As Christians we know that we have an enemy. Paul writes that, “We are not fighting against flesh-and-blood enemies, but against evil rulers and authorities of the unseen world, against mighty powers in this dark world, and against evil spirits in the heavenly places” Ephesians 6:12 (NLT). We also know that he’s a liar and the accuser of God’s children (1 Peter 5:8; Revelation 12:10).
When depression or suicidal thoughts weigh heavily, the hardest thing to do is to fight. My battle weapons are the Word of God, meditation, confession, community, and worship. But each evening I take my medication with a prayer of thanksgiving that God has provided this kind of help for those of us who need it.
How has Scripture ministered to you in your need through the years?
Sheila Walsh: As a child my mum taught me to commit God’s Word to heart. I’m so grateful that in my darkest moments I can reach down inside and pull up verses I’ve rested on for years.
I found my first night in a psychiatric hospital terrifying. My dad was committed to a psych ward when he was in his early 30s and it was there that he took his own life. As I sat in the dark, in the corner of my room that night the Scripture that came to mind was Psalm 27:1 (ESV) —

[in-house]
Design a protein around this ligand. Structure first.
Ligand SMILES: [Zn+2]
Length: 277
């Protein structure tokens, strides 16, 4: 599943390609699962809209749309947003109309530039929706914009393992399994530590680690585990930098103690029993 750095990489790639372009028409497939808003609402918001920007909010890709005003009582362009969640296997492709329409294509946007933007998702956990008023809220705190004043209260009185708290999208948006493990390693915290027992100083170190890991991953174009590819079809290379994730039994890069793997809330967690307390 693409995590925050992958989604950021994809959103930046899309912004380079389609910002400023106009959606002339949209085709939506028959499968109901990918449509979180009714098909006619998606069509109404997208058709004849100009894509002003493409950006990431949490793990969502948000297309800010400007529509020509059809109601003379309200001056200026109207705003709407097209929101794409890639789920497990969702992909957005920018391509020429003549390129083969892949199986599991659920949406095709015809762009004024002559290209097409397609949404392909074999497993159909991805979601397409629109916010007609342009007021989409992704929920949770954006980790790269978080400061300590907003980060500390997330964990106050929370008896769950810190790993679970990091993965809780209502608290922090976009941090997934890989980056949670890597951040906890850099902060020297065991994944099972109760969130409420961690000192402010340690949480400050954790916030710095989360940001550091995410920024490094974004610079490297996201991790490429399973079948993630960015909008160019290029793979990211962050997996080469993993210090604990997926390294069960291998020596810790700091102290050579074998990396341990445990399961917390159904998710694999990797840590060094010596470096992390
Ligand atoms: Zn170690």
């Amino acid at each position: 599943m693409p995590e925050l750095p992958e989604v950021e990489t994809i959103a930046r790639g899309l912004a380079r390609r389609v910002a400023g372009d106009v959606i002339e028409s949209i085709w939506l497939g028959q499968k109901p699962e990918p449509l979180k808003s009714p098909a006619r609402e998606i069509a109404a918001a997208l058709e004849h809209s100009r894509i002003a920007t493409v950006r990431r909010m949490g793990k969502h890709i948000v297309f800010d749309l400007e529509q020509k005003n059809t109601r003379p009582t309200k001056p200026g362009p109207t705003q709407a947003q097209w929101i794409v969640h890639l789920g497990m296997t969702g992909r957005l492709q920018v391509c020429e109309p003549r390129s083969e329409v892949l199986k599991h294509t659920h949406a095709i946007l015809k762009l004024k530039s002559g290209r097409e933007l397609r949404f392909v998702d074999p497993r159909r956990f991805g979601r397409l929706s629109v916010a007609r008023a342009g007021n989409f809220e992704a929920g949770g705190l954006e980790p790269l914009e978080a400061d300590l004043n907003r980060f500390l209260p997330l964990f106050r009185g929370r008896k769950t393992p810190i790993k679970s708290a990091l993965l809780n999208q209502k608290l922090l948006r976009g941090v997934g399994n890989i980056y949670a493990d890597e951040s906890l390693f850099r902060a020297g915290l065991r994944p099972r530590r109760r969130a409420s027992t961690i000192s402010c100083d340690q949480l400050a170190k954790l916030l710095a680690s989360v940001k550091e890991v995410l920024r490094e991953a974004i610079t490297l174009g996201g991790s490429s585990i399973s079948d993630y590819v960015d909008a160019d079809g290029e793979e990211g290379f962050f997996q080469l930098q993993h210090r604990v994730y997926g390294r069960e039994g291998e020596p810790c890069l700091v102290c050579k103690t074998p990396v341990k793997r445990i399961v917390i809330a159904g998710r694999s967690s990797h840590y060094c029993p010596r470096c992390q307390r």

“The Lord is my light and my salvation; whom shall I fear?
The Lord is the stronghold of my life; of whom shall I be afraid?”
God’s Word is a stronghold in the fiercest storms.
How should people experiencing depression or suicidal thoughts approach the Bible?
Sheila Walsh: God’s Word is a book of life! It’s a love letter from a Father to his children. During our darkest nights we can find great comfort in the Psalms. I’ve learned to pray them out loud. David didn’t pretend to be okay when he was struggling. He cried out honestly—at times bitterly—but then he would remind himself of the goodness and faithfulness of God (Psalm 18, 34, 91).
If depression has been viewed as a taboo subject in the church, then suicide and suicidal thoughts are the darkest secret of all. Talking about it doesn’t make it more real or powerful; it brings it out of the shadows into the light and love of Christ. In his letter to the church in Galatia, Paul encouraged the believers to, “Bear one another’s burdens, and so fulfill the law of Christ” Galatians 6:2 (ESV). The word he uses for burdens is the Greek word meaning a ship’s load. Some burdens are too heavy to be carried alone.
What is secret shame that overcomes some people and how does the love of Christ push through it?